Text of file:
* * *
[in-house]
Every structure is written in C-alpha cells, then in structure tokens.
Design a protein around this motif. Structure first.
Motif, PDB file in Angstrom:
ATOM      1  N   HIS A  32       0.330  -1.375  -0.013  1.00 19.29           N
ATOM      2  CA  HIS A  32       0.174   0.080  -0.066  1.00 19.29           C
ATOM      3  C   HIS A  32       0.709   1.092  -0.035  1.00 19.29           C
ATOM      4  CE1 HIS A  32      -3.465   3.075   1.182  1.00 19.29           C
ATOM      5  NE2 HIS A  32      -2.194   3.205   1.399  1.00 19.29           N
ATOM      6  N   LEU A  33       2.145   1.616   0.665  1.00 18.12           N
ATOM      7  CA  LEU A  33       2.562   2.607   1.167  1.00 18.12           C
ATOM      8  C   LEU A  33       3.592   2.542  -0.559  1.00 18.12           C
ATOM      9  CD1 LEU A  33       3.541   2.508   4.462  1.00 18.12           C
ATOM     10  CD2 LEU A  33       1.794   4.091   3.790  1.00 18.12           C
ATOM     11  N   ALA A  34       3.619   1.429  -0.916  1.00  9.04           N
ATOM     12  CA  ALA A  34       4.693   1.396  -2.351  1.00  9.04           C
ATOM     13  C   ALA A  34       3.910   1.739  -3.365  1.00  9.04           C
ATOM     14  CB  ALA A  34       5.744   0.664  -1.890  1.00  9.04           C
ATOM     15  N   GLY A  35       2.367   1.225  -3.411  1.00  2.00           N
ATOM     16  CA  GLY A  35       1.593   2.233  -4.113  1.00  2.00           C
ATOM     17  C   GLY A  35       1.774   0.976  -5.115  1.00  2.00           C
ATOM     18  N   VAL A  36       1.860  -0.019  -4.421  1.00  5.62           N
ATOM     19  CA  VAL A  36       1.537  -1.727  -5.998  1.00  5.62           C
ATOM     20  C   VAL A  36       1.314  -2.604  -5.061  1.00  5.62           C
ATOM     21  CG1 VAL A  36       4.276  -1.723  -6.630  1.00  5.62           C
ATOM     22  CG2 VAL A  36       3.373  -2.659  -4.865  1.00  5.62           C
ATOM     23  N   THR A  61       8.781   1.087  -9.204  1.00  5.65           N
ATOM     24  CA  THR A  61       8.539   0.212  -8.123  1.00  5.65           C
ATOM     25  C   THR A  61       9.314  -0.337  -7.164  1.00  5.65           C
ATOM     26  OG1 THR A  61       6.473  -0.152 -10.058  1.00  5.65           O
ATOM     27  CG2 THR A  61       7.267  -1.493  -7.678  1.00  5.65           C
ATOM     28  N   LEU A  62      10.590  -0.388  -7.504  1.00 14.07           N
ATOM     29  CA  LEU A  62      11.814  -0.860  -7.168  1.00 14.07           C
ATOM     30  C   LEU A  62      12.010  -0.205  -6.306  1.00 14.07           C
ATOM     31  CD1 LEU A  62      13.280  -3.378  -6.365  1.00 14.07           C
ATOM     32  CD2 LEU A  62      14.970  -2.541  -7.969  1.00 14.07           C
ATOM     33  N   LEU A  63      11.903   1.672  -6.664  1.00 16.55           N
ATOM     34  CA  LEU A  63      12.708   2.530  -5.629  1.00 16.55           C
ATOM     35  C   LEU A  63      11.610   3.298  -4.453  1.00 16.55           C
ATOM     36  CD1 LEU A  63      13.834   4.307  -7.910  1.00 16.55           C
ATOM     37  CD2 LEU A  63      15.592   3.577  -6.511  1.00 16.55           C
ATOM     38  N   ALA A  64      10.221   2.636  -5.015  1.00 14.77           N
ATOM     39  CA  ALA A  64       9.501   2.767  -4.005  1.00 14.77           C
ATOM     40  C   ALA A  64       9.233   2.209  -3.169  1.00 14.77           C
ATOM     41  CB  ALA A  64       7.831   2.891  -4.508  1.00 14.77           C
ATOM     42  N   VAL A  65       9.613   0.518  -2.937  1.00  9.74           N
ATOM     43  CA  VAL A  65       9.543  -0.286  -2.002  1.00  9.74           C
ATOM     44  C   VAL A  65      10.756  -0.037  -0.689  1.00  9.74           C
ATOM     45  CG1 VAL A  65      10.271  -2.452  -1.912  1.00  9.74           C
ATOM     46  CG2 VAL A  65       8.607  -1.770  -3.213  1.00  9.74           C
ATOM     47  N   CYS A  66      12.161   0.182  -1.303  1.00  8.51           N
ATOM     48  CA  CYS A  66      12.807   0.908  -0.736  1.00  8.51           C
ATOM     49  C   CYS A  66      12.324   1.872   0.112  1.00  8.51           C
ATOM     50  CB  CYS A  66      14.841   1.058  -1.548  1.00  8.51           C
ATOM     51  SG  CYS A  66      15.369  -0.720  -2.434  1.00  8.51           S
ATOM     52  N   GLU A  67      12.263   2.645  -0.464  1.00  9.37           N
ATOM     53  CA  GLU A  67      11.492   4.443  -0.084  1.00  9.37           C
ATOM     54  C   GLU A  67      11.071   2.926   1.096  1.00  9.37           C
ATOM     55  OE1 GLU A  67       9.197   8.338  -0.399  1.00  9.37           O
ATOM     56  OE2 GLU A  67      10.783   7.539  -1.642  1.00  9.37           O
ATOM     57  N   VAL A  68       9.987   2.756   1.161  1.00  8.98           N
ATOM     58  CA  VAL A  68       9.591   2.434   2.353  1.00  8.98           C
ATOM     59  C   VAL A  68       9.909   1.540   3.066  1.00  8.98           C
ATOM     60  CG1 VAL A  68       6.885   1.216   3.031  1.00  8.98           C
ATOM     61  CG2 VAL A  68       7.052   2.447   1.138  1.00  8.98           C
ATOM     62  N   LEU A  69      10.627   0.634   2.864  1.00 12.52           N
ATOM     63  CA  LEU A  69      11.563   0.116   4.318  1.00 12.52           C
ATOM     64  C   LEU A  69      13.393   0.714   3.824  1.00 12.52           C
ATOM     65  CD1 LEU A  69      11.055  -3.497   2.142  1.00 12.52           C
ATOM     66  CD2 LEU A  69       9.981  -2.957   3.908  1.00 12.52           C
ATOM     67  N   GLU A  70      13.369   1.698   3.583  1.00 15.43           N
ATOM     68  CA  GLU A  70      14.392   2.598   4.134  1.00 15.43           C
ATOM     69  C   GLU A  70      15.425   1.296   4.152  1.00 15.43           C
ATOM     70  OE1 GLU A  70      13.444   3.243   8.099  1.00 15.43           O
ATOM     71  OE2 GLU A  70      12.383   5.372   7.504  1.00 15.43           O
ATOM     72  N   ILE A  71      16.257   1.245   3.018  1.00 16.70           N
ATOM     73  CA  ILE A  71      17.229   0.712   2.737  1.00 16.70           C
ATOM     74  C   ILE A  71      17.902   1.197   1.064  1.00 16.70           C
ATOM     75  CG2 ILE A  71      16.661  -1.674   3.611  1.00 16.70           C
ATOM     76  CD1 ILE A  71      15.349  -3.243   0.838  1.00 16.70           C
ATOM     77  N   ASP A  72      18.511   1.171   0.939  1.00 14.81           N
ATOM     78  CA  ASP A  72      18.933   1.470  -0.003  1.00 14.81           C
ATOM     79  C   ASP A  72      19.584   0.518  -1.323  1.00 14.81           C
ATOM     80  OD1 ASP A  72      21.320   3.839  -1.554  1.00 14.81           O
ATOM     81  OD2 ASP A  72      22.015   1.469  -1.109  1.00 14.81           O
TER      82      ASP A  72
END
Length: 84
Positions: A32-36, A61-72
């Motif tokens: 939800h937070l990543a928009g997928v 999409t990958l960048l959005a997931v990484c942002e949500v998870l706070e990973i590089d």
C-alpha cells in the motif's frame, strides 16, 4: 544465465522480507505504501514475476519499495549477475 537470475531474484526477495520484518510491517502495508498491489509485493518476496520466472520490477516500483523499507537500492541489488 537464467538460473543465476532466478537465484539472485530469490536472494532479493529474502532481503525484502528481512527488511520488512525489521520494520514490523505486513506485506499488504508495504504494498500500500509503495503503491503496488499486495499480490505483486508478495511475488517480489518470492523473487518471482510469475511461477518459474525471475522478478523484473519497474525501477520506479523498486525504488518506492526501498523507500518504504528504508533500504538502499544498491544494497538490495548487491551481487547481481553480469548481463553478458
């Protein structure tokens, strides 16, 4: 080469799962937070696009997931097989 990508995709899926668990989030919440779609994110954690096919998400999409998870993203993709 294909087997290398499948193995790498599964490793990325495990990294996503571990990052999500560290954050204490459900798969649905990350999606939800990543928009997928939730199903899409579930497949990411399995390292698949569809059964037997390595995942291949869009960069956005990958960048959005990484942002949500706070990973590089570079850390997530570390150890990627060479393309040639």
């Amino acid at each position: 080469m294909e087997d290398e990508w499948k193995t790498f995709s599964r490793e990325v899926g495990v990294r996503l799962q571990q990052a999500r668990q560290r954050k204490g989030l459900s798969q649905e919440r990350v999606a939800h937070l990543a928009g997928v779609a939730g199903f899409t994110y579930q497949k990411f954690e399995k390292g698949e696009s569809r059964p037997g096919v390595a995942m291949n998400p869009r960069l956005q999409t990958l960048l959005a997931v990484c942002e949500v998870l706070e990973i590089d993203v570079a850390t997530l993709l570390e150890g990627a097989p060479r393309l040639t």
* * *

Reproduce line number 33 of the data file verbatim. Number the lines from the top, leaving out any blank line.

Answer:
ATOM     29  CA  LEU A  62      11.814  -0.860  -7.168  1.00 14.07           C